Unfortunately for workers, getting back to normal has a significant downside — one that goes beyond having lots more boxes to pack and deliver on one- and two-day deadlines. After increasing warehouse workers’ pay in recognition of the increased risks they faced by simply coming in to do their jobs — and routinely calling them “heroes” in public communications — Amazon said Wednesday that their $2 per hour hazard pay would go away in June. Jason del Rey broke the news at Recode:

Asked why the pay bump won’t continue into June, an Amazon spokesperson did not answer the question directly.

“This appreciation and pay incentive enabled us to deliver essential items to communities during these unprecedented times,” the spokesperson said in a statement. “We are grateful to associates supporting customers during a time of increased demand, and are returning to our regular pay and overtime wages at the end of the month.”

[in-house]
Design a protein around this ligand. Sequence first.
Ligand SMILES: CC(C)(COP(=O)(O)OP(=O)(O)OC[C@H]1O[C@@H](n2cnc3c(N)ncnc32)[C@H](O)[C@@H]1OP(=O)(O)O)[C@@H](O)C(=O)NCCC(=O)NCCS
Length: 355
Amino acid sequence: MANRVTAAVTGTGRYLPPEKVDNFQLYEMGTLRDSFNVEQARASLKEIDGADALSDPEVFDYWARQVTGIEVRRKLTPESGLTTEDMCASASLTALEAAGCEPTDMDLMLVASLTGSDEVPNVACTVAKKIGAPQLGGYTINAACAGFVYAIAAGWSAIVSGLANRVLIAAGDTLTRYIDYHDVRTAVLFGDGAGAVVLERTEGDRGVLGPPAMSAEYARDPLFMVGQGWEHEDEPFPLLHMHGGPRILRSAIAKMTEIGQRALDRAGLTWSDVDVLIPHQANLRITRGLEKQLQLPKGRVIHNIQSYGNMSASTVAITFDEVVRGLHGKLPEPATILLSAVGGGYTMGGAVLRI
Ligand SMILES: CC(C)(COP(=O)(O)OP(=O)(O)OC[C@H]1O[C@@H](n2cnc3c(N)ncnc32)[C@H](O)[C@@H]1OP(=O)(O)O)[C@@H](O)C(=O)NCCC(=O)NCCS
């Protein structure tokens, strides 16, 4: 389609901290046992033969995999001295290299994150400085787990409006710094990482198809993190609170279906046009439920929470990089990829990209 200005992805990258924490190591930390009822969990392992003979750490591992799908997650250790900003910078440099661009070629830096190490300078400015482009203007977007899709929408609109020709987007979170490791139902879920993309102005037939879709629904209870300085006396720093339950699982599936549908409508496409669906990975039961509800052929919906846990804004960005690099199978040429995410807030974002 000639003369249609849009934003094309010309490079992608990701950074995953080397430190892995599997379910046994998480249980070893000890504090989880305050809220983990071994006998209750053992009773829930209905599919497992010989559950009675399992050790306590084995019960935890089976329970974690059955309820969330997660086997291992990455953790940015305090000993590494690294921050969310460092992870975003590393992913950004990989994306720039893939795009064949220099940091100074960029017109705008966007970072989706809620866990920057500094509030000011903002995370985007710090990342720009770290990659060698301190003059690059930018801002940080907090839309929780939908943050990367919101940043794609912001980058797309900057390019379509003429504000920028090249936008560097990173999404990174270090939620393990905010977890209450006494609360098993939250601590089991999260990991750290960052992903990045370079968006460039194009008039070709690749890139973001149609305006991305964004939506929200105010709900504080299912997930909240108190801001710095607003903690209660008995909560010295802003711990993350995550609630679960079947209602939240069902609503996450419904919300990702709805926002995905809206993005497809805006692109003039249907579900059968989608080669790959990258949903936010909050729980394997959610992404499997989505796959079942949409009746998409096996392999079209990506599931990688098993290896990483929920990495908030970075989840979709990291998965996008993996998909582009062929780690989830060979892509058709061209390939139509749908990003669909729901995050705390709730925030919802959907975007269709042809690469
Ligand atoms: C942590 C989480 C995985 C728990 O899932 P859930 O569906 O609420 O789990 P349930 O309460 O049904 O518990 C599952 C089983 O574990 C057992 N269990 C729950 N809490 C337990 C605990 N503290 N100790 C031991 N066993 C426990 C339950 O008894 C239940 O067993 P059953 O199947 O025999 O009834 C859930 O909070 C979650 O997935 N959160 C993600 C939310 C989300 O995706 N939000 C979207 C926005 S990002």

If the hazards that come with working in confined spaces are expected to disappear in June, it’s news to me. More than 130 workers are believed to have been infected in outbreaks at Amazon facilities to date — the company won’t disclose the actual number — and at least one has died. And local governments are planning for much longer periods of lockdown. Just yesterday, Los Angeles county said stay-at-home orders would likely continue through August, albeit with some restrictions lifted.

But if Amazon is eager to get back to normal, states attorney general are more skeptical. Here’s Chris Dolmetsch at Bloomberg: